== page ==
Vectair’s marketing co-ordinator Matthew Wonnacott claims his company’s products are at the cutting edge of technology. Vectair’s Airoma and Micro Airoma systems automatically deliver metered bursts of fragrance at specific intervals.
The dispensers can be set to match local conditions; for example an eight-hour setting ensures the dispensers only release fragrance between 9 am and 5 pm in an office environment. “There is an ‘Intensity Plus Event’ system in these two dispensers that also allows users to pre-programme the dispenser to deliver additional bursts of fragrance at known busy periods,” said Wonnacott. “Vectair dispensers also have a patented auto-reset button that ensures the unit is automatically reset to the programmed settings after each service.
Avoid wasteful use
“This removes the possibility of human error where customers forget to press the manual reset button and means the fragrance will be delivered consistently.”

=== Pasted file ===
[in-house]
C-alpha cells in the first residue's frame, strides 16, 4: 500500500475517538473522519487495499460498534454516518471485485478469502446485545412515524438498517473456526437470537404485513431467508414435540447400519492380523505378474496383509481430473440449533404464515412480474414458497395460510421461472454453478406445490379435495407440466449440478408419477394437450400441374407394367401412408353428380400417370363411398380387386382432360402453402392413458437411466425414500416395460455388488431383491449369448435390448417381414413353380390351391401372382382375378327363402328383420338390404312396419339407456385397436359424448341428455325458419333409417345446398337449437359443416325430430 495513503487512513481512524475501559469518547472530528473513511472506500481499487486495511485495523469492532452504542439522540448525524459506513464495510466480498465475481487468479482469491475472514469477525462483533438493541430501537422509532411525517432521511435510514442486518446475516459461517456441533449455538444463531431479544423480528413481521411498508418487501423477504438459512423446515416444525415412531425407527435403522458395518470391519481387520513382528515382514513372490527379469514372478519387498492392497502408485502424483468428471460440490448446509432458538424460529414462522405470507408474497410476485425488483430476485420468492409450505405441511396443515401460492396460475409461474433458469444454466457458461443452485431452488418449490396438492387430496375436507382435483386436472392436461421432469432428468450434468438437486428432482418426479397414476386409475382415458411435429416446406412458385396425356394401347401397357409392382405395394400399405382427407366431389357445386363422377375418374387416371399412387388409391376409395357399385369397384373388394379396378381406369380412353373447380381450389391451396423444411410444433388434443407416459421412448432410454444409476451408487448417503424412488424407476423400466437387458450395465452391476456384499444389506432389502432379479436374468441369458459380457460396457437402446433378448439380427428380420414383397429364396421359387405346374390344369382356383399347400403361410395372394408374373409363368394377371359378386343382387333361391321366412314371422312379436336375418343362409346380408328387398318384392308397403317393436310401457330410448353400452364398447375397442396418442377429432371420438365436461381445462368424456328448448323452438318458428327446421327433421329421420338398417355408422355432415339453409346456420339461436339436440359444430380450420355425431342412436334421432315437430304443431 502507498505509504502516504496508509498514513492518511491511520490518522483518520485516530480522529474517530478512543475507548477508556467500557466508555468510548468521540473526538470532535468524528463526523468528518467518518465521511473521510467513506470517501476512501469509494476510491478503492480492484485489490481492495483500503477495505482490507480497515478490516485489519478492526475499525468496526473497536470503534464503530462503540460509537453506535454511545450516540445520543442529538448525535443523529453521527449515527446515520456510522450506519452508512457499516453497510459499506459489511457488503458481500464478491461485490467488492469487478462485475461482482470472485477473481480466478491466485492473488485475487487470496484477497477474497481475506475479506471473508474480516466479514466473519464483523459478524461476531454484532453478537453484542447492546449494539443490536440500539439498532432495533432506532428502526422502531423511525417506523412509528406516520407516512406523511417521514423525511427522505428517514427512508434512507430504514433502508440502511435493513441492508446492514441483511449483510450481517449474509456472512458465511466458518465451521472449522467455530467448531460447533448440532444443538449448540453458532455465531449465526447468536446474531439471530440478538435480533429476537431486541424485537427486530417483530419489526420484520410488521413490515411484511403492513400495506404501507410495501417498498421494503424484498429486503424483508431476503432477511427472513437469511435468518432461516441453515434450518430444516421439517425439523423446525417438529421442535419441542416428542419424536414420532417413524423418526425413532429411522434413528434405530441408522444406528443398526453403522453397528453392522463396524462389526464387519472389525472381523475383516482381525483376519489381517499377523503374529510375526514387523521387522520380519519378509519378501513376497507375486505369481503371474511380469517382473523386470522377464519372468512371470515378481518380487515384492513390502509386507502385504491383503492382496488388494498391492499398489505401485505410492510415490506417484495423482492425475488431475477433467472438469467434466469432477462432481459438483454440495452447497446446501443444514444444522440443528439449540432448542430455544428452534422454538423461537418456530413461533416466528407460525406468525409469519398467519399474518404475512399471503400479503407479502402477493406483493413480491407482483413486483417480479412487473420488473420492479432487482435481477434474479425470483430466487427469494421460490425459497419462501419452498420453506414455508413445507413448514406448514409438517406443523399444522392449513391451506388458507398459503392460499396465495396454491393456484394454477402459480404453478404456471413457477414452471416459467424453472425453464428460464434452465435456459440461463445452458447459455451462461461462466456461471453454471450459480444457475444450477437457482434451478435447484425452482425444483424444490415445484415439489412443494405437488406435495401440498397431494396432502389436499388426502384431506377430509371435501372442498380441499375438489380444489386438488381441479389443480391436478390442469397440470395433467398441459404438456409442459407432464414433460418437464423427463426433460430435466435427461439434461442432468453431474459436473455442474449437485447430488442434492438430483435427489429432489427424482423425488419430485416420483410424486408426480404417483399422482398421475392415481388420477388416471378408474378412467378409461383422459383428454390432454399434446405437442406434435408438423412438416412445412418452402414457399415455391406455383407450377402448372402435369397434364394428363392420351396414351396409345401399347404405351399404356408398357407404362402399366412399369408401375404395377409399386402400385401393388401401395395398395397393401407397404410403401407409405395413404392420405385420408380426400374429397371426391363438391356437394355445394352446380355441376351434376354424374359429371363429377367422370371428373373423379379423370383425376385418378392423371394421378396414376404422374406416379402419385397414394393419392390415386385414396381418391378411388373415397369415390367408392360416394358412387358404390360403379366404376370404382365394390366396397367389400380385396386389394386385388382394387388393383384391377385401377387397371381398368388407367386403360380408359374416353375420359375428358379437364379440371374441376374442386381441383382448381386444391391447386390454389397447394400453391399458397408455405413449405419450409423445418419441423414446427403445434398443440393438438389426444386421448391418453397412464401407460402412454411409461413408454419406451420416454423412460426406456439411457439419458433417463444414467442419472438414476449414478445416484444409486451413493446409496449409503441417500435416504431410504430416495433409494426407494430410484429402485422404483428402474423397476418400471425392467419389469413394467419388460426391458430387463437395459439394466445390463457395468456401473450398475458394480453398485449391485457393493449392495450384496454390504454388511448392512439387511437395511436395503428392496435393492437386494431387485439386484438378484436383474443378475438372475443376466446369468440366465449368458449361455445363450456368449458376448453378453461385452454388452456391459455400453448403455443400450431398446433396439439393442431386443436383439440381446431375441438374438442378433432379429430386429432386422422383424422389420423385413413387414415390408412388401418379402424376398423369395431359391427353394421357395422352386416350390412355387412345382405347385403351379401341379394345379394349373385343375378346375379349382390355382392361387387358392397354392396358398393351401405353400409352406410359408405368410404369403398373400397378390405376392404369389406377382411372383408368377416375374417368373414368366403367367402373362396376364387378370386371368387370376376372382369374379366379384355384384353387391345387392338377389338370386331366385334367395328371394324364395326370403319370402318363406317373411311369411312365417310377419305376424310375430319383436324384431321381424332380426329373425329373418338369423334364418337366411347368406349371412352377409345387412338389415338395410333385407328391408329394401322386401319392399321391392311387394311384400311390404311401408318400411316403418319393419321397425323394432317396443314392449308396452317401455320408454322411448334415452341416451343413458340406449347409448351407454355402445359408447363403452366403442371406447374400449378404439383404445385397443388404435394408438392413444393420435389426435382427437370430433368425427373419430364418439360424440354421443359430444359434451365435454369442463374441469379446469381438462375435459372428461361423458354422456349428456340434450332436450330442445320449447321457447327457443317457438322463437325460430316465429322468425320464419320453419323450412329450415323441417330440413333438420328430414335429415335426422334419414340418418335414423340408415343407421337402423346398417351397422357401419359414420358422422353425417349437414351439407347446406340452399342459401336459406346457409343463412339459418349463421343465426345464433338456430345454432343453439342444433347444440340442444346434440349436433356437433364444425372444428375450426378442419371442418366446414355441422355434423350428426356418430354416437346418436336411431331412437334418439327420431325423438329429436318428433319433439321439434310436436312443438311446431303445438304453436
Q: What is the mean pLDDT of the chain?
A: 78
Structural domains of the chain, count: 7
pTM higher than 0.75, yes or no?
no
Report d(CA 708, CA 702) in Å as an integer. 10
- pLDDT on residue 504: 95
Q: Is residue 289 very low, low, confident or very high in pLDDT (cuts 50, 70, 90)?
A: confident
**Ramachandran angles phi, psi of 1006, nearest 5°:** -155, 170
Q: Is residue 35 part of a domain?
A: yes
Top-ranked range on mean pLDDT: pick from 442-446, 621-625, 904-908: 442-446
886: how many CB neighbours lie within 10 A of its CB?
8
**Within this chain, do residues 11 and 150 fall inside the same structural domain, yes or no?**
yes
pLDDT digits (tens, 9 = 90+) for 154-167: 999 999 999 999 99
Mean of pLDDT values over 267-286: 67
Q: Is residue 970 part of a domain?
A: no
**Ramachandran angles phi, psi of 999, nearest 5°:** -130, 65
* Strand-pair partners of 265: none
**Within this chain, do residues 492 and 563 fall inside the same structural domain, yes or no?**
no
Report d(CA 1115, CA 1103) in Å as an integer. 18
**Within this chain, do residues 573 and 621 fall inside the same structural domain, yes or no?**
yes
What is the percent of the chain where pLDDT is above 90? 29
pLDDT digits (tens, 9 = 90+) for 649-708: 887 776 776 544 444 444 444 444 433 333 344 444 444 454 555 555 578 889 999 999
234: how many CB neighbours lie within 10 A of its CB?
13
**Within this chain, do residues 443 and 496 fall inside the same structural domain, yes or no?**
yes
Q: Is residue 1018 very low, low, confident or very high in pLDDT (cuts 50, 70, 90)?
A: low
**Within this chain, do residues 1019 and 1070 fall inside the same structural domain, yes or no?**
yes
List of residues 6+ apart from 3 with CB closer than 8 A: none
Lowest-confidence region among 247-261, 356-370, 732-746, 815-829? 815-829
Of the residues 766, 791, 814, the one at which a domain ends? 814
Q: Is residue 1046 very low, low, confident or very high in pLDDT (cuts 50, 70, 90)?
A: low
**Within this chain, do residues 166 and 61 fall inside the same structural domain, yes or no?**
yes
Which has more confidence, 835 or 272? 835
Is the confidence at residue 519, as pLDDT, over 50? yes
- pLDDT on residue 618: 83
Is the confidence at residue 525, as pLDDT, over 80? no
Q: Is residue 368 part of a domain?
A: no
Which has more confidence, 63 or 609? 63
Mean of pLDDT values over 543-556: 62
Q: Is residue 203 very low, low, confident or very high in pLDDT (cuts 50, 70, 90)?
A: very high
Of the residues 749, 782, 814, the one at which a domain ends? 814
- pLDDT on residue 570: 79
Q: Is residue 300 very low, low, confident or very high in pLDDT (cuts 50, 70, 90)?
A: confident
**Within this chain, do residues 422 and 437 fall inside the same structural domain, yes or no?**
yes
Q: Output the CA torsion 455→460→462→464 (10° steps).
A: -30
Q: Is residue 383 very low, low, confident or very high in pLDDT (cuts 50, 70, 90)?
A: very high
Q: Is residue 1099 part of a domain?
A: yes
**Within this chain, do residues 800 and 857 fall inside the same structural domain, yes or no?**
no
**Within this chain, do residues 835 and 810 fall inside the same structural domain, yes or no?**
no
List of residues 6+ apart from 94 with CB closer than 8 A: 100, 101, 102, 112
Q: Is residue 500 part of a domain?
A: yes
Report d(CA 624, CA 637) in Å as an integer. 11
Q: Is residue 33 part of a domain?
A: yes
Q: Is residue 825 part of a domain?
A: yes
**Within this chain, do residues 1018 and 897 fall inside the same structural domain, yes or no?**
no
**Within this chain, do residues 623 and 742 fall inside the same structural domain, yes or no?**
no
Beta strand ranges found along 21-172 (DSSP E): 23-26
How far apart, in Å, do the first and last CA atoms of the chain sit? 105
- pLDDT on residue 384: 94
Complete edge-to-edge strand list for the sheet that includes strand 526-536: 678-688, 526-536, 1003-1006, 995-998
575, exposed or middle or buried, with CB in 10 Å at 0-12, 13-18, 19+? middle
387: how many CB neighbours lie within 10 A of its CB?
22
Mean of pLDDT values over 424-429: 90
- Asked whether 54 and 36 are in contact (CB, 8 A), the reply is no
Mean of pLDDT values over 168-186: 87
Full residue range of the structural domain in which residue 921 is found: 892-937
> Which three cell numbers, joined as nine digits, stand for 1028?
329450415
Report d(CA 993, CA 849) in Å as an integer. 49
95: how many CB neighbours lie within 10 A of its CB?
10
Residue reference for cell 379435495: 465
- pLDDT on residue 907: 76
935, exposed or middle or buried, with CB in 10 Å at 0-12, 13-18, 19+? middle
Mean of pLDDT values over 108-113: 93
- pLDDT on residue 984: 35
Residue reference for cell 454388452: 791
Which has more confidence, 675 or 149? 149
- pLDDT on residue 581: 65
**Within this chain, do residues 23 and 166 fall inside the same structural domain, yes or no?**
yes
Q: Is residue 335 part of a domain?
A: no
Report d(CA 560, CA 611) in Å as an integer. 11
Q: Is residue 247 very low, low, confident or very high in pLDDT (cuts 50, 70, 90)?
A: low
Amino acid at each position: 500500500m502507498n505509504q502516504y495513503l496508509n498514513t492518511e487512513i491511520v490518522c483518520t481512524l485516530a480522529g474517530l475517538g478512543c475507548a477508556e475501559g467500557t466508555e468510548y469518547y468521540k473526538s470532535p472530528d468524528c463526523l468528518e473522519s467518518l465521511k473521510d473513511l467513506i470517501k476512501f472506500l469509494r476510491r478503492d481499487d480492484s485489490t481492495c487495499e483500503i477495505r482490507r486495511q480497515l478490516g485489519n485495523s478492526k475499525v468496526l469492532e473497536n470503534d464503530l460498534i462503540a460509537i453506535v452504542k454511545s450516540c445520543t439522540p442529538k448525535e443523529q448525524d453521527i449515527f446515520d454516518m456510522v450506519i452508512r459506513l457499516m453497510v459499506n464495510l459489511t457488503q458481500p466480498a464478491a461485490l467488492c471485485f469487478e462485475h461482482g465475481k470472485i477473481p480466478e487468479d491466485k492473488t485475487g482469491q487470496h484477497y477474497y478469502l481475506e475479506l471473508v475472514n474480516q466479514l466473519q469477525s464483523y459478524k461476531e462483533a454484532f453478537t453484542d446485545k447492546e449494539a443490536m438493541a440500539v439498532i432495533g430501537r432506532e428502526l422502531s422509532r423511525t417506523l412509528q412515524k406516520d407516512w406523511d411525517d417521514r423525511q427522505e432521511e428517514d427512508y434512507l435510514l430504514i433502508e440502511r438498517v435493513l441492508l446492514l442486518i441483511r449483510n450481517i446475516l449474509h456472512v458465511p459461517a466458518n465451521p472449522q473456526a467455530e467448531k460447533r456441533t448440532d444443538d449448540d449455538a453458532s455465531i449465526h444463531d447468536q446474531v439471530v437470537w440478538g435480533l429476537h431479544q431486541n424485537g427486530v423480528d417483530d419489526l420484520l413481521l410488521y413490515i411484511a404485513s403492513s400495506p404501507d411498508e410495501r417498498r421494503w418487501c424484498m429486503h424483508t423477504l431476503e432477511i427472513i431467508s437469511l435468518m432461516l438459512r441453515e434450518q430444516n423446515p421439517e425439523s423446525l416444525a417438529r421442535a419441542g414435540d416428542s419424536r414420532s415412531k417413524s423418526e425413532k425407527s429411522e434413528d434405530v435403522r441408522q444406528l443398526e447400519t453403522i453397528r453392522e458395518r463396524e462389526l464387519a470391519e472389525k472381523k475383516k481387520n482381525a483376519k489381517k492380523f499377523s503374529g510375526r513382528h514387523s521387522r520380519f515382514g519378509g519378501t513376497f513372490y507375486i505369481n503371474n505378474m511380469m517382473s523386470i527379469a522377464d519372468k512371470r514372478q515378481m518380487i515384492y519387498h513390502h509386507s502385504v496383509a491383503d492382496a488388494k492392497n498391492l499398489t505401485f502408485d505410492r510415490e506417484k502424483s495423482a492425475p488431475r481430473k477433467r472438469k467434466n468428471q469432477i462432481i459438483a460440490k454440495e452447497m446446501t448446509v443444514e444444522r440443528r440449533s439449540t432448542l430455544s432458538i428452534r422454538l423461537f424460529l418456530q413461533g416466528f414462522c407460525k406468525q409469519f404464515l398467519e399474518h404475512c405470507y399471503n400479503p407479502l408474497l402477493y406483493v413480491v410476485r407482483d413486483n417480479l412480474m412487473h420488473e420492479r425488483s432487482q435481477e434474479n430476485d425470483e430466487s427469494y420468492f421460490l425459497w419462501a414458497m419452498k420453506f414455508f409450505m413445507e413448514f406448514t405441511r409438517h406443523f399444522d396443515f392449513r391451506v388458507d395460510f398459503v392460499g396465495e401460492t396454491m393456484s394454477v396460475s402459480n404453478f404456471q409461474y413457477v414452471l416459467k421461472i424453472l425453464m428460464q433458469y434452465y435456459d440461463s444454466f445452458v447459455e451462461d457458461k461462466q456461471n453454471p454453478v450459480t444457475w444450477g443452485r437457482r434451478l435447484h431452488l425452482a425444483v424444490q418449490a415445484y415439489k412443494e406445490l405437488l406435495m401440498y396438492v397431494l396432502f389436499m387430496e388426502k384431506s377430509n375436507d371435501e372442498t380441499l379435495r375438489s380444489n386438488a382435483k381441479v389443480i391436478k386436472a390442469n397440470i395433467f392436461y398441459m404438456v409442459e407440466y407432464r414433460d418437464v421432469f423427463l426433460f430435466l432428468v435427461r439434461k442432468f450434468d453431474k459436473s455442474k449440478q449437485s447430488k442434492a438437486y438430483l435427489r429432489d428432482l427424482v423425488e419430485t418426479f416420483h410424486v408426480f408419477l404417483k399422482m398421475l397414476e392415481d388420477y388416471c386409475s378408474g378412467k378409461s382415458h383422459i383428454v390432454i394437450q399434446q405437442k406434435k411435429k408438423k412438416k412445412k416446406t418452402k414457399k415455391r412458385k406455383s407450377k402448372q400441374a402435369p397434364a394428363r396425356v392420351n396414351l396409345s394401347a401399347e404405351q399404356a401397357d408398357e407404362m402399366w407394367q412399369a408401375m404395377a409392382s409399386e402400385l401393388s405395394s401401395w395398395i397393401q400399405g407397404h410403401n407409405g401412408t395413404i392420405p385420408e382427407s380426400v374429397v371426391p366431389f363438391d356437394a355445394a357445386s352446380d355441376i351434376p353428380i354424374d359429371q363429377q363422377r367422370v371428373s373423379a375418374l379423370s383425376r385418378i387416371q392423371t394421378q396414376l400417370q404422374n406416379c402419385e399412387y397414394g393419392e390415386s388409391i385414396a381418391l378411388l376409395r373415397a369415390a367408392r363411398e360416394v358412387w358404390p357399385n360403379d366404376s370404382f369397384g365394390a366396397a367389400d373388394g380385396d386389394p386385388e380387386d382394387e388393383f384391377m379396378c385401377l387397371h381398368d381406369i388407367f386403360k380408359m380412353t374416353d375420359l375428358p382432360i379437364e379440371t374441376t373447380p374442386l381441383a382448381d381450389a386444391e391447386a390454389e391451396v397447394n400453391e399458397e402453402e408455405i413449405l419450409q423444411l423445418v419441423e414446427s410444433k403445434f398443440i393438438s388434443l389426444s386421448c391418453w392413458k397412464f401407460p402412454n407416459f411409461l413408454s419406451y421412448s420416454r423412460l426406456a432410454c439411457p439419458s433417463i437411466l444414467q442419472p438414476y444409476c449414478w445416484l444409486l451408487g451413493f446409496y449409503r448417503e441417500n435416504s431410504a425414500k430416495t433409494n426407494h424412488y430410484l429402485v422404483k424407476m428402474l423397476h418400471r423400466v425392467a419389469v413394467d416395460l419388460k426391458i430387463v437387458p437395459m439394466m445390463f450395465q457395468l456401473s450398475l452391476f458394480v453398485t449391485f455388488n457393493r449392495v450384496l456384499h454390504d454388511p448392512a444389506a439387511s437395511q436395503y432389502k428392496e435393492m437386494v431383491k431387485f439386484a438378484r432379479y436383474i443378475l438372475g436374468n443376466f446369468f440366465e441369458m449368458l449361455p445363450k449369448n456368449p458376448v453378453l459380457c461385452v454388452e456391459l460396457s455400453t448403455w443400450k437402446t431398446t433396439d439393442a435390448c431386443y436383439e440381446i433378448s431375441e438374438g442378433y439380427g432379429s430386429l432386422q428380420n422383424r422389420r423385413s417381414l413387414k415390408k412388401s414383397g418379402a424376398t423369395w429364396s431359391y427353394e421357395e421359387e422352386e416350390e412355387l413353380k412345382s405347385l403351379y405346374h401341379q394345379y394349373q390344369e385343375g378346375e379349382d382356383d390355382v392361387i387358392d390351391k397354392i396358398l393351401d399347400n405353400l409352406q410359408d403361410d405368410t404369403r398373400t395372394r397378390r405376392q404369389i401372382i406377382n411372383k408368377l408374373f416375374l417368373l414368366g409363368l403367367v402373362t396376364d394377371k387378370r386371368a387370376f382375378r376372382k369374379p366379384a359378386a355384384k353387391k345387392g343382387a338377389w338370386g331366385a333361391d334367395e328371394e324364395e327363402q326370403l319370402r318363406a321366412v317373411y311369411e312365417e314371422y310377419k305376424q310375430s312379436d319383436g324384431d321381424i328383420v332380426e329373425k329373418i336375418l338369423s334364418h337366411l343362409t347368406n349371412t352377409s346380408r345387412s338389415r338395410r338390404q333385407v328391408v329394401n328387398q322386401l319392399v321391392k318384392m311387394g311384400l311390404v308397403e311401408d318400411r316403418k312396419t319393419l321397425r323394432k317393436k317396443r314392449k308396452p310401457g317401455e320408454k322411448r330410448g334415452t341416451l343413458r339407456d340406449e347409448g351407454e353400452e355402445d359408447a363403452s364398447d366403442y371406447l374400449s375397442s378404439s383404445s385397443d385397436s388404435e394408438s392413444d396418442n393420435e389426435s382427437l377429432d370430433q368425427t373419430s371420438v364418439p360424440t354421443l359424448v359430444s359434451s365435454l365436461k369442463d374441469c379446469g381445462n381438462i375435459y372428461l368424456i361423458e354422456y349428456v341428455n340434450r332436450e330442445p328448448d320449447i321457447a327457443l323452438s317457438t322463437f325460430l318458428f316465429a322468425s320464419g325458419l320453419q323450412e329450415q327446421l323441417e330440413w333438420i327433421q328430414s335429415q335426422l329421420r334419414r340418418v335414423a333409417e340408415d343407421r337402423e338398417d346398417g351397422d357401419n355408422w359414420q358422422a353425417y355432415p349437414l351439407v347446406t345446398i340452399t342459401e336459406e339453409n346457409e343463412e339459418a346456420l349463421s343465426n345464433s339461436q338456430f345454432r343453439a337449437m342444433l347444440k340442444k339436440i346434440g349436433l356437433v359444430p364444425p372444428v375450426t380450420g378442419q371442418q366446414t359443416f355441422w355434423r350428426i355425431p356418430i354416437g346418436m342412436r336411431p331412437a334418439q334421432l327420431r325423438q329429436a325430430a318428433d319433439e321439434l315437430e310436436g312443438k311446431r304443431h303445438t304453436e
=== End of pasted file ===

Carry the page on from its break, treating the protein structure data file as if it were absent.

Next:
High-tech systems can lead to greater efficiency and reduced cost-in-use, according to Wonnacott. “Technological aspects such as programmable settings enable air care systems to be programmed in a way that match the user’s preference. Being able to set a dispenser to only work when a facility is in use allows the user to reduce costs by eradicating wasteful use.”
He said flexible high-tech air freshener dispensers are required at most away-from-home locations. “For example, a high-tech dispenser can be programmed to cope with high user traffic by increasing the fragrance intervals, which can be of benefit in a busy area such as a sports arena or concert hall. But the dispensers can then be programmed to reduce fragrance output when the facility is unattended which can help to relieve wastage and costs.”
However, he says customers do not necessarily expect a high level of technology with their air freshening system. “Customers demand value-for-money dispensers that are reliable and cost efficient,” he said. “High levels of technology in these systems help the user achieve what they demand.”